June 6, 2020
I just don't get it.

The artwork is kind of messy, and could well work in a run-down grimy setting, but I don't know, it's all a little too angular for my personal taste.

As Howard Chaykin himself said in an interview at the end of the series: "The Shadow himself is not very interesting to me, but the people around him are". That explains a lot. The Shadow, whoever he really is, is just a somewhat heroic vessel, too shallow to even be problematic in the way he treats his co-workers (or 'subjects', I guess he'd call them). These narcissistic tendencies could have been an interesting character flaw, but there just isn't enough of him on display to raise him even to the level of being two-dimensional.

And as for the rest of the cast... Lots and lots of them. But even though some larger stories and internal conflicts are hinted at, they all come off as walk-on's. Margo's story could have been something. She seems like the most interesting (and pissed-off) character in there. And what's with the weird sex-motive? What? What? Nah, I don't get it.

Oh, and I get that the dialogue is supposed to sound natural, but it just annoyed me how every single thing someone says is an unfinished sentence cut off by someone el--

Anyway, one thing I liked. The colouring is really nice. Well, except for how all Asian characters are yellow - can they just stop that?! Even though the colours are a bit inconsistent, that's what stands out the most about the art. So very, very '80s. That neon sparkle of pink and blue. I did like that.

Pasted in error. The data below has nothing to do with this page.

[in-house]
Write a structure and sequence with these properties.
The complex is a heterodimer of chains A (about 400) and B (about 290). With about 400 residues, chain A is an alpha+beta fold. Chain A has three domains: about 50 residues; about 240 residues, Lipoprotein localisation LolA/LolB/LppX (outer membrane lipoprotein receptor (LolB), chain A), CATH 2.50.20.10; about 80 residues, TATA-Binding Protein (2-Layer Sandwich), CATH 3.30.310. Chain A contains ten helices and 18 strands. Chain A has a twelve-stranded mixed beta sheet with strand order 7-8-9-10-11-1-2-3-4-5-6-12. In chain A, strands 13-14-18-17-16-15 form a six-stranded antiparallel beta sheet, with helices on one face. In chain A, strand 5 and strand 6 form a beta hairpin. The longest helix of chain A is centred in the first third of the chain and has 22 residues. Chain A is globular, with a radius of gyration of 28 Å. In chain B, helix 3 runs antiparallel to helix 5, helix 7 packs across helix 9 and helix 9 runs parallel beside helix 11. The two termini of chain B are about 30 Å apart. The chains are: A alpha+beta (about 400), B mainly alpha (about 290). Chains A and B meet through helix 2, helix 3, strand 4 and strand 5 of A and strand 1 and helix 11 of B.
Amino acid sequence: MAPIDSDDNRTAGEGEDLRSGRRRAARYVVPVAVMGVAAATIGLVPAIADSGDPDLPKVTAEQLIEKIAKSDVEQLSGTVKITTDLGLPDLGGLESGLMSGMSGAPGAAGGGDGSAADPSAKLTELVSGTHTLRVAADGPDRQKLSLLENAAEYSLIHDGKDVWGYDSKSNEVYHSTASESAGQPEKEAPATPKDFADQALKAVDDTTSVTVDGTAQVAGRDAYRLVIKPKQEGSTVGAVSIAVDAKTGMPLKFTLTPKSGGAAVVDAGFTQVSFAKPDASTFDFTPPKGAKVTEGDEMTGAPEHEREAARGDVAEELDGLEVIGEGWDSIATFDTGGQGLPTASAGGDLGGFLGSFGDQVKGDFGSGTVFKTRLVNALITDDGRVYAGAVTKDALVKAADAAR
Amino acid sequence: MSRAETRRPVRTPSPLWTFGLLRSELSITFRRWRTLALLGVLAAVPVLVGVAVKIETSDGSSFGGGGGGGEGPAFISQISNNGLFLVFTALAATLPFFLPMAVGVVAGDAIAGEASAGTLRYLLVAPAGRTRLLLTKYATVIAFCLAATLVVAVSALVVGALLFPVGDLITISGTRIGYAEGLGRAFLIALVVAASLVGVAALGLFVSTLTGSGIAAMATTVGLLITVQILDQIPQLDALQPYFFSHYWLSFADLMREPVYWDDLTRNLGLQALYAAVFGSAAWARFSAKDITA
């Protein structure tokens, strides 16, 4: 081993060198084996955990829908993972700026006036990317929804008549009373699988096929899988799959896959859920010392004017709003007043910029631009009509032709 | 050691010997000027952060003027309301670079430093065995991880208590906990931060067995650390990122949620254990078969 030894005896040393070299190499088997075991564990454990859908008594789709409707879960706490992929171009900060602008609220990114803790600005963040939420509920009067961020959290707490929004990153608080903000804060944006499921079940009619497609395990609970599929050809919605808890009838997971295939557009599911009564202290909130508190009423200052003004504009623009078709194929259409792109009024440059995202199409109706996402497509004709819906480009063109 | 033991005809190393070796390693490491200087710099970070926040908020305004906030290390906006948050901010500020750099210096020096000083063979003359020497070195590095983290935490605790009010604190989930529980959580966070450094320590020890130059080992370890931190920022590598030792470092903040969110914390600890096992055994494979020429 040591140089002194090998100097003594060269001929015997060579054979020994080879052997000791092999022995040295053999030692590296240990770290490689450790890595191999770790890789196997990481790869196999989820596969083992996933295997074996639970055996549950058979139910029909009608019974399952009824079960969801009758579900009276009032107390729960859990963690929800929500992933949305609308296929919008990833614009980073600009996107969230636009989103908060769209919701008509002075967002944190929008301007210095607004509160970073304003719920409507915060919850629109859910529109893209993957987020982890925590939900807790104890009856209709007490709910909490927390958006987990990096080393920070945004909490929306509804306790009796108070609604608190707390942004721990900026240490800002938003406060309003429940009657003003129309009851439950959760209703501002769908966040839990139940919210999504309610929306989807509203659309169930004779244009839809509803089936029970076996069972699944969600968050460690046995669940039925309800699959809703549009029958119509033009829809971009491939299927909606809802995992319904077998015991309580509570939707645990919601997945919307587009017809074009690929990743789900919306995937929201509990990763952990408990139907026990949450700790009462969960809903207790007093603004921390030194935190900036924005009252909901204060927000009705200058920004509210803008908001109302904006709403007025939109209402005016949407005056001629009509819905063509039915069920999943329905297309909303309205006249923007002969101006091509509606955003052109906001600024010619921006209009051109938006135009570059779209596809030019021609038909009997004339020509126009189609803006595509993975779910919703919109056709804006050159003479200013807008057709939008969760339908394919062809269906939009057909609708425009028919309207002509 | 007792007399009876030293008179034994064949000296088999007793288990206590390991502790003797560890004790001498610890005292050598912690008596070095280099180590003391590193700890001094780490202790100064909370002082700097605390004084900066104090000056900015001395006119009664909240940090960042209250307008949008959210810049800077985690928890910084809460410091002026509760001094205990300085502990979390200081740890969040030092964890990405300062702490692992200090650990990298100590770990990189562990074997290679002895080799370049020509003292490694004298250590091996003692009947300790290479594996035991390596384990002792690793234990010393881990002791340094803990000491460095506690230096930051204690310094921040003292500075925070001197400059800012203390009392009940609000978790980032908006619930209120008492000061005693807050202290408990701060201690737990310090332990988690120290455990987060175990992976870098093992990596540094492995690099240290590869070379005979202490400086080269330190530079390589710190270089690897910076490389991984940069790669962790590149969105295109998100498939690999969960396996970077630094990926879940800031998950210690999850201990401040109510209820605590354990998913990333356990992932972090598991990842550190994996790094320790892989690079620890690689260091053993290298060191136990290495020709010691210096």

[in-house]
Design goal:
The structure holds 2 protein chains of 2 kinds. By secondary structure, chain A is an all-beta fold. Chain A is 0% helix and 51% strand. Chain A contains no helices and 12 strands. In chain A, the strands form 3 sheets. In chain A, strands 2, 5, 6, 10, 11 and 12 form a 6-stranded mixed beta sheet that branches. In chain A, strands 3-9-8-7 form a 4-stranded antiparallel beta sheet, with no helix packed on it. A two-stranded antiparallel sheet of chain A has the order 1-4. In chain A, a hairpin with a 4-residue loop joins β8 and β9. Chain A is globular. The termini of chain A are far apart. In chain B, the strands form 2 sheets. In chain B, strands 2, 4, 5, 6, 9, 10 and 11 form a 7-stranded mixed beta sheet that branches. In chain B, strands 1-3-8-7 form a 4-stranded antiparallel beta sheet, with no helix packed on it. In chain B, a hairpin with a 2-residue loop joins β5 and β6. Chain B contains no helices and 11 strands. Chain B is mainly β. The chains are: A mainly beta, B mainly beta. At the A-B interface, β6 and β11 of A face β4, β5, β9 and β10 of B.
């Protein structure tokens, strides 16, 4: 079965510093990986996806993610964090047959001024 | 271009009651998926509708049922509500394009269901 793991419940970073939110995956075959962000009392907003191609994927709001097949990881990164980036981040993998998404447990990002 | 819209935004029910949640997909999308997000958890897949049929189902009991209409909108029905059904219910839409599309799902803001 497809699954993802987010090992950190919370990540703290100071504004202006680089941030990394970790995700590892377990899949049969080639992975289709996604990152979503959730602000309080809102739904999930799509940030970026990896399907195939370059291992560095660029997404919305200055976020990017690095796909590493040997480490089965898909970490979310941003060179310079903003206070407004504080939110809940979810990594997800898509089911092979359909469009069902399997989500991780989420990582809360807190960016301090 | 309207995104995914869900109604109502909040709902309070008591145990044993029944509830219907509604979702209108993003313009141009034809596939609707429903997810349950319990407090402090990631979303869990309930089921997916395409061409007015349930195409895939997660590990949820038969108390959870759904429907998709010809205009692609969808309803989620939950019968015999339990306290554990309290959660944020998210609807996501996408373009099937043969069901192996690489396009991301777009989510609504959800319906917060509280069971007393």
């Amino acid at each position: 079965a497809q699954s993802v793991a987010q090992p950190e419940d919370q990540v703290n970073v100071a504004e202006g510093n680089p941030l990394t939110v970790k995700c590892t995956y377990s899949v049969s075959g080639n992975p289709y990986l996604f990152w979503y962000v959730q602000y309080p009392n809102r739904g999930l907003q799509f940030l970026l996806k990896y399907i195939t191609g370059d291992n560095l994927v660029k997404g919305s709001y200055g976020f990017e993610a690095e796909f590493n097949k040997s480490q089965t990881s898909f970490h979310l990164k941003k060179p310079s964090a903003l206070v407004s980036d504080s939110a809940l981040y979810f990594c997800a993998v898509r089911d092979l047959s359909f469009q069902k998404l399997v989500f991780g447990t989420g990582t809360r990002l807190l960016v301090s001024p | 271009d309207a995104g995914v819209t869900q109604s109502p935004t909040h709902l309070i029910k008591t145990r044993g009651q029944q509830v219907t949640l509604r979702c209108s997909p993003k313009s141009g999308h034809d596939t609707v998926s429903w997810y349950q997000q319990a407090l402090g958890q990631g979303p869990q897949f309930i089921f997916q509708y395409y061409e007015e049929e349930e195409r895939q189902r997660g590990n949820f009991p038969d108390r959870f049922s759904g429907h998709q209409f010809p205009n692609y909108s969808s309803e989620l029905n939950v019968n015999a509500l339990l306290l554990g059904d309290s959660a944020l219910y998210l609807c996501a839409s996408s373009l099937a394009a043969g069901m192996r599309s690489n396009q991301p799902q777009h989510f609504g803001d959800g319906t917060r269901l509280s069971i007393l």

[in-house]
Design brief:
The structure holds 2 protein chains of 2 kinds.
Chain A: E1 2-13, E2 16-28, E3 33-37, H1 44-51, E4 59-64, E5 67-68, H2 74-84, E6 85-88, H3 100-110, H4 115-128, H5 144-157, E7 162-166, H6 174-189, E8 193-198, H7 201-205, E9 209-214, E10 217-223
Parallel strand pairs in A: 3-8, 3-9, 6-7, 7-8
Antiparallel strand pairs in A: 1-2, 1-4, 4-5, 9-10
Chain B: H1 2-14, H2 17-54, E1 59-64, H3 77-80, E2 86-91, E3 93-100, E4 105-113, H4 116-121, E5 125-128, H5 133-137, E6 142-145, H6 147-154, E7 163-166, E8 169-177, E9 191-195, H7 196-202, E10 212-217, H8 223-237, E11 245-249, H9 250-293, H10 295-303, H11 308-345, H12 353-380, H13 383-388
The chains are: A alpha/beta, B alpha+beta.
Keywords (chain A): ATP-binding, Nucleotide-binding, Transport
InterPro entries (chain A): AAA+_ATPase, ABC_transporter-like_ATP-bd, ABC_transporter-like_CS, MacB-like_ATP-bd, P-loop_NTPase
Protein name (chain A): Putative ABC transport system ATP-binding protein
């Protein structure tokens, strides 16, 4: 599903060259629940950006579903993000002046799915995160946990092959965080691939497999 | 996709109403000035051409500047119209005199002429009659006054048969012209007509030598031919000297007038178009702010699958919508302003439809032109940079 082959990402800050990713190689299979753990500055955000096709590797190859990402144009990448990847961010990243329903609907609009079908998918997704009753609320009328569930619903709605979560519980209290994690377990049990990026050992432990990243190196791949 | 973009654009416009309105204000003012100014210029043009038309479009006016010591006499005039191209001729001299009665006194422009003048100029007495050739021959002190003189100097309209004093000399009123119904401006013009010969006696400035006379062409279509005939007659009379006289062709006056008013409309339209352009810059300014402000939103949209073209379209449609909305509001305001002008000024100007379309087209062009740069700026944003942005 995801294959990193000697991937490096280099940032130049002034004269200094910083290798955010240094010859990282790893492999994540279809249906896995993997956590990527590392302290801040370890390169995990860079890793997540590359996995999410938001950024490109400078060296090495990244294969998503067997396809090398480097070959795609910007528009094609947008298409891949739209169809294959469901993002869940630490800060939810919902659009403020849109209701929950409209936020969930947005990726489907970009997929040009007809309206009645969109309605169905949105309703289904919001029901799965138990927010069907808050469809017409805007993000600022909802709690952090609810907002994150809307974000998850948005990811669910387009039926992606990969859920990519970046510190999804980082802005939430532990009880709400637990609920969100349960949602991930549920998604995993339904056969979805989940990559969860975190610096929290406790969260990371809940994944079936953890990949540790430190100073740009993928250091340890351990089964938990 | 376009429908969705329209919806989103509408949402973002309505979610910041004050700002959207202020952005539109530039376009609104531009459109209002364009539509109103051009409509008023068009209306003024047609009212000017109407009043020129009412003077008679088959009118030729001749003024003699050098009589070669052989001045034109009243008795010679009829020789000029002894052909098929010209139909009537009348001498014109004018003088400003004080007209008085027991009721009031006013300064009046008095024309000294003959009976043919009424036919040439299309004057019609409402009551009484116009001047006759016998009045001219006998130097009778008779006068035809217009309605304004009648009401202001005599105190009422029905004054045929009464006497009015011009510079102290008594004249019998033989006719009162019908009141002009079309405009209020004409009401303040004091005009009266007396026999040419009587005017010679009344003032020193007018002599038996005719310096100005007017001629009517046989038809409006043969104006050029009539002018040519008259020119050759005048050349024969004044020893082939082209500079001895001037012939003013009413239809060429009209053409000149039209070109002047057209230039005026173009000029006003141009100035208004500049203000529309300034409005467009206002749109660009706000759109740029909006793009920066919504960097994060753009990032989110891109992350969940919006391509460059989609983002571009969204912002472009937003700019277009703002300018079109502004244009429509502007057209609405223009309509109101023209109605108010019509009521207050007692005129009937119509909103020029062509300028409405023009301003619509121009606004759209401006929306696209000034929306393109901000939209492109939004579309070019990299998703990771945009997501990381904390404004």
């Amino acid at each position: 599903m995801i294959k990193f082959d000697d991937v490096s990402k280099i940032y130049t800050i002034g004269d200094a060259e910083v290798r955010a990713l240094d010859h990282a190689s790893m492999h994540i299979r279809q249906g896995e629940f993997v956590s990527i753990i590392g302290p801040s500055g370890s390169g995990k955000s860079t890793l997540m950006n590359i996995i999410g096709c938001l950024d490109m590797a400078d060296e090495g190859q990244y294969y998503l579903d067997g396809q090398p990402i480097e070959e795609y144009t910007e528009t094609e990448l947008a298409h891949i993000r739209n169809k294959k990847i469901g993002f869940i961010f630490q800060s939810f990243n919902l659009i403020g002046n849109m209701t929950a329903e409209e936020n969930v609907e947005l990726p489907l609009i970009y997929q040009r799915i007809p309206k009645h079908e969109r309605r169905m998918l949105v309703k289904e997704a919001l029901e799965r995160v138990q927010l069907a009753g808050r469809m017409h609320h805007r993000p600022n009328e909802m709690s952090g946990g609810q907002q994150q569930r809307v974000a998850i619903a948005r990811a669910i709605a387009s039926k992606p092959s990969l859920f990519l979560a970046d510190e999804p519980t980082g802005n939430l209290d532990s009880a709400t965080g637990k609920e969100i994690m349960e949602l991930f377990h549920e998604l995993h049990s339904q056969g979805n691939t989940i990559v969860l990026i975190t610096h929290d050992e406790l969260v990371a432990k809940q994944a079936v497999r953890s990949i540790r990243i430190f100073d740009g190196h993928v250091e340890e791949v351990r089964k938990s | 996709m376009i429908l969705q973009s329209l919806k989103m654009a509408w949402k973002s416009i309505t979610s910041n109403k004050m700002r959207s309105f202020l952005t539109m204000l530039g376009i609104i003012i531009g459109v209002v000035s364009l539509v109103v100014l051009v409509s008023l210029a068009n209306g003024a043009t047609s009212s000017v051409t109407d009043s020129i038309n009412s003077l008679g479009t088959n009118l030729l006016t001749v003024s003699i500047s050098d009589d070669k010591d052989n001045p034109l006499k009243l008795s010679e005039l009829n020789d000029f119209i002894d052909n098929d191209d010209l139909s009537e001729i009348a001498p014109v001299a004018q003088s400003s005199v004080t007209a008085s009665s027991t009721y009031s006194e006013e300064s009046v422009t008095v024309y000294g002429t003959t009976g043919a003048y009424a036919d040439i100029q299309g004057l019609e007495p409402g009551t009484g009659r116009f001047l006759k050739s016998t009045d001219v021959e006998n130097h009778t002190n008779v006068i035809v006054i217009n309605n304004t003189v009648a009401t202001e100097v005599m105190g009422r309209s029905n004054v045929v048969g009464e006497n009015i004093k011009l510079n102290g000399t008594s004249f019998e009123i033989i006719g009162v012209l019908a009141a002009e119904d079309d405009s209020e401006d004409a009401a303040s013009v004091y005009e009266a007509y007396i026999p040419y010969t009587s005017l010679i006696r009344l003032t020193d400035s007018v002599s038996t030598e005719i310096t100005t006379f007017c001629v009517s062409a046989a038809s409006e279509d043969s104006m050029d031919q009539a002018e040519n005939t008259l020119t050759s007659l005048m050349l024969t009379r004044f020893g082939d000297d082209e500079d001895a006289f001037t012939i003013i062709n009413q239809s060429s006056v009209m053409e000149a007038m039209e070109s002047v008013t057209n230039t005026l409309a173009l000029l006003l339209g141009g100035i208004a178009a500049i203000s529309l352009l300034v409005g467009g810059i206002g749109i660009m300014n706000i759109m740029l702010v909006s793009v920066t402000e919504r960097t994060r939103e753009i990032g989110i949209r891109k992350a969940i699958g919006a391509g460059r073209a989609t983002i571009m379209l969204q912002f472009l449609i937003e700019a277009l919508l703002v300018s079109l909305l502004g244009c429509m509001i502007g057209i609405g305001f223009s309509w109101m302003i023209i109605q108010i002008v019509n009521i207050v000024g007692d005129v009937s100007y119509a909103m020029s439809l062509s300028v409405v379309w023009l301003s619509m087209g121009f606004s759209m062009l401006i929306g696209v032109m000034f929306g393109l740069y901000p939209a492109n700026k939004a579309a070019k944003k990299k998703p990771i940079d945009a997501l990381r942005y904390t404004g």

Profile Image for Rubin Carpenter.
533 reviews
October 6, 2020
This was a disappointment I have fond memories of the shadow of the late 80s though I started later with the series and the "seven deadly finns" storyline maybe it's going back now at a more mature age and seeing this through different eyes or this hasn't aged very well
reflecting the times certainly when high violence & mature themes were not the norm
But it's novelty has certainly been worn down here reading it by 21st century standards
I love some of Howard Chaykin' s stuff but this goes nowhere a very disappointed read
Profile Image for John.
1,665 reviews32 followers
October 1, 2019
Chaykin (like Matt Wagner) goes with Pulp Heroes like Frank Miller with Daredevil and Walter Simonson with Thor.

Chaykin adds sex and lurid violence to the old-fashioned pulp with this comic. It's a 30s chauvinist character brought to the 80s (influenced by Black Kiss, Watchmen, etc.). It's a bit regressive in some ways. It's all style (straight lines and square jaws and overproduced special effects). It's got crowded and gauche panel work that is sometimes still endearing.
Profile Image for Matt Reid.
92 reviews1 follower
June 1, 2020
There’s a lot of hype about this book. Had an interest in the character so thought I’d give it a go. It’s reminiscent of many of the gritty 80s comics so if you’re into them you’ll like this. I’ve not read a lot of the shadow but much like (but less so) the Garth Ennis book it feels like it’s not really about the shadow. This was better but still looking for a proper Shadow story so will keep looking.
Profile Image for Kevin Dumcum.
96 reviews
October 11, 2020
Taken on its own, and ignoring everything you know about The Shadow, the first three issues (of four) are interesting, telling the pre-1930s origin of The Shadow as a means to bring him into the 1980s. Turns out, though, he is not a likable character at all. The fourth issue is a mess. The villain’s motivation is stupid, the means by which he tries to carry it out are implausible. Throw in an unnecessary mid-80s AIDS element, and what could have been a great book just falls flat.
Profile Image for Timo.
4,132 reviews8 followers
January 10, 2020
9 times out of 10 Chaykin is creator whose work I hate. Hate his squarey art and his ooo-everything-is-so-mystic writing.
But I love The Shadow. So why not give this one a chance?
I should've not. Again everything is so squarey and mystic but this time even the story telling mixed up piece of stupid shit.